UPDATED July 29, 11:50 AM: An earlier version of this story stated that “Klarion” is based in Gotham City. DC Comics has clarified for CBR News that it is actually taking place in New York City.
Announced by DC Comics along with its plethora of new Gotham and Bat line books, Jack Kirby creation Klarion the Witch Boy will be getting his own solo title courtesy of writer Ann Nocenti.
Stepping away from “Catwoman” to make way for new oncoming creative team of writer Genevieve Valentine and artist Garry Brown, Nocenti joins artist Trevor McCarthy in depicting the magical adventures of the amoral boy wizard and his familiar in New York City, facing down two factions of magic users operating out of site of the main DC Universe.
Currently on the road with her latest documentary, Nocenti took a pit stop to speak with CBR about “Klarion,” her collaboration with McCarthy and the technological fears driving her title.
CBR News: Ann, Klarion was announced along with a host of new Bat books like “Arkham Manor,” Becky Clonan’s female-lead “Gotham Academy,” and the news that Genevieve Valentine will be working on “Catwoman.”
Ann Nocenti: It’s great, lots of girl stuff! I saw the first image from “Catwoman” and I think it looks awesome; I don’t know the writer but I’m very happy a girl is taking over the book.
Well let’s talk about leaving “Catwoman” for a second, because while you’ve got “Klarion” now you said it’s important that another woman take over.
Yeah, I think the most powerful thing for me in the past year was going to conventions and seeing the amount of young girls that came up to me, clutching their issues of “Catwoman” and just loving the book. I say, “What else are you reading?” and they say, “Nothing.” And then I talked to them about comics and they were kind of non-comics readers. It was really sweet; we’d talk and I’d talk about, if you want to call them that, your gateway comics. I’d talk to them about “Love And Rockets” and how hard that hit me, and different books that I think will bring women into the business. I found that to be really, really sweet, just finding out how many young females that weren’t really that versed in comics were reading “Catwoman.” I thought when I left the book I hoped a girl would take over, so that was great to see.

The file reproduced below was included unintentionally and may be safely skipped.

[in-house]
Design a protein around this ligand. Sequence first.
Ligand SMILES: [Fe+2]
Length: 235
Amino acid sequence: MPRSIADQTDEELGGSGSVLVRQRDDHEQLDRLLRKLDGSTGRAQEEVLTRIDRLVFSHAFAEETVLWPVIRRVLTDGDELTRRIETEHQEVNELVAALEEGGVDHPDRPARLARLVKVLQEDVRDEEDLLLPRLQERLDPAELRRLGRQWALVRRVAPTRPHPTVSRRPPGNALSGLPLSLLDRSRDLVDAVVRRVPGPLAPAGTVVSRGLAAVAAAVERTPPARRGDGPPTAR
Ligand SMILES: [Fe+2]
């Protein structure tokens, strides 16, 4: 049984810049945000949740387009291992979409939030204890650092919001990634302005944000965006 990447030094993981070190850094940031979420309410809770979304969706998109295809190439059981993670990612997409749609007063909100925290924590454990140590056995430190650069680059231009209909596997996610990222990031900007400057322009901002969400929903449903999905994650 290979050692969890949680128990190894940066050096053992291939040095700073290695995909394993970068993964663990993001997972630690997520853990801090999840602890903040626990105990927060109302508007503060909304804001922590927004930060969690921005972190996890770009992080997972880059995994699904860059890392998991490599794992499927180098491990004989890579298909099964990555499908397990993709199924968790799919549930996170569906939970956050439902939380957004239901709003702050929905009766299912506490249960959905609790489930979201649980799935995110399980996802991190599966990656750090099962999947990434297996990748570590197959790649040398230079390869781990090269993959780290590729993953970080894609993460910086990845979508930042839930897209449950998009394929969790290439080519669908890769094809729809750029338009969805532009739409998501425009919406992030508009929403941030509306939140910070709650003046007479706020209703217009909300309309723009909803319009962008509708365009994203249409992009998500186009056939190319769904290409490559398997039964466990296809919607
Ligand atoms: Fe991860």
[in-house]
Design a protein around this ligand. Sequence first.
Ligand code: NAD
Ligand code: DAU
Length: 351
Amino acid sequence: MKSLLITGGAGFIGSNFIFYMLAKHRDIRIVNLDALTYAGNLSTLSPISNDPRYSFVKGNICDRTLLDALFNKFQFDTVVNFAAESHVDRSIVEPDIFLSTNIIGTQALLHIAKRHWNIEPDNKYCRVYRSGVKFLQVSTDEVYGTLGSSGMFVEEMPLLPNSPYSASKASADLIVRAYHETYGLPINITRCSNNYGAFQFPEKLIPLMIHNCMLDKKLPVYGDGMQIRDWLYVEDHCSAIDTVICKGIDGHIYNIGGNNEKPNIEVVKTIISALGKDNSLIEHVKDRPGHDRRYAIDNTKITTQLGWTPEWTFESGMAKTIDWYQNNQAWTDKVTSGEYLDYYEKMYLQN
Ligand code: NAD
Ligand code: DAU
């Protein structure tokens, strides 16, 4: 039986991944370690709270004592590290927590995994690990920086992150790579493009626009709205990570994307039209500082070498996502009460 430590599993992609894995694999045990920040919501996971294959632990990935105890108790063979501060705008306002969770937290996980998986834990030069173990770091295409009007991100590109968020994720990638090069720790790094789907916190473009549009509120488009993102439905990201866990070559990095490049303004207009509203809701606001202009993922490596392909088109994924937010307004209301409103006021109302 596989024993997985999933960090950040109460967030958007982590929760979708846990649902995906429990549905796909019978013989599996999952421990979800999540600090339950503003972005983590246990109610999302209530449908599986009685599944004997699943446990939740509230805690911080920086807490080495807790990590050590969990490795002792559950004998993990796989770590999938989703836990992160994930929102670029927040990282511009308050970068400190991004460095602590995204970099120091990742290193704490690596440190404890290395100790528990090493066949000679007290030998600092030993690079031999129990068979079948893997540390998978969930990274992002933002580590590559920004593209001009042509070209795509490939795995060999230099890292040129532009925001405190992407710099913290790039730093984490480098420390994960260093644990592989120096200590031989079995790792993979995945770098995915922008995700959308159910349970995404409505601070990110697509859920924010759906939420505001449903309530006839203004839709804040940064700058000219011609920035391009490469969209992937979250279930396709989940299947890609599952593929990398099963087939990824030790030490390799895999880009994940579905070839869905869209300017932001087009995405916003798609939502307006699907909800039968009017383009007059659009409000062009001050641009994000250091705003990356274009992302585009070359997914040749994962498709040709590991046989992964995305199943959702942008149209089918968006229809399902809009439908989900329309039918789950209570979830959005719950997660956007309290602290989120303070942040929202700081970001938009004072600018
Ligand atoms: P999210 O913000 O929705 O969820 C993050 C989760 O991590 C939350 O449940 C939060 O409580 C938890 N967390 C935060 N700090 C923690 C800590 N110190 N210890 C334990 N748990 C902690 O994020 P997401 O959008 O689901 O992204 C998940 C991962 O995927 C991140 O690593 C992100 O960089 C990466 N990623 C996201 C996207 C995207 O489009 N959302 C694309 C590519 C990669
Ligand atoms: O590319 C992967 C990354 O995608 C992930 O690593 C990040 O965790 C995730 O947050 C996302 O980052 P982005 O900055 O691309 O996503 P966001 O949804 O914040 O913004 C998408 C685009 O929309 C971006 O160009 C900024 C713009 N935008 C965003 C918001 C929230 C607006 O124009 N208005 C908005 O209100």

I think you’ve spent the longest time working on “Catwoman” of your New 52 books. Is there anything you’ll specifically miss about Selina, or do you have any regrets about things you didn’t have a chance to do on the title?
Well there’s always a billion stories you wish you could have told, you know? [Laughs] I’m really happy with the two arcs I did with [artist] Rafa [Sandoval], which was the whole Penguin war saga and the gang war that ripped up Gotham, and then ‘Gotham Underground,’ so I love that whole series with Rafa Sandoval. He has insanely endearing energy, I think he’s one of the most endearing artists — he just makes you fall in love with every moment. Then I really enjoyed working with [artist] Pat Olliffe on the “Race Of Thieves.” I think Pat and I clicked together really well, the last two of the four issue arc are I think are the best.
Because there’s always a transition time before they figure out who was going to take over the “Catwoman” book, we got to do one final issue. We decided to do a Tesla story, because I love the world Rafa created for Tesla and I decided, “You know, let’s get to know Tesla for an issue as our last issue on the book.” So we have her — it’s called “Remote Life” and it’s about how Tesla just never wants to leave the house because, like my friends and me every day is just a massive struggle to get offline! [Laughs] To go, “Oh yeah, there’s a real world out there!” It’s about Catwoman enticing Tesla offline and then some big things happen, of course.
I can honestly say I have a hard time imagining that you can’t get offline as you’re in the midst of touring in Maine with your falconry documentary that was shot in Pakistan. When I spoke with you before I think you were going to teach in Lapland — you’re constantly traveling all over the world!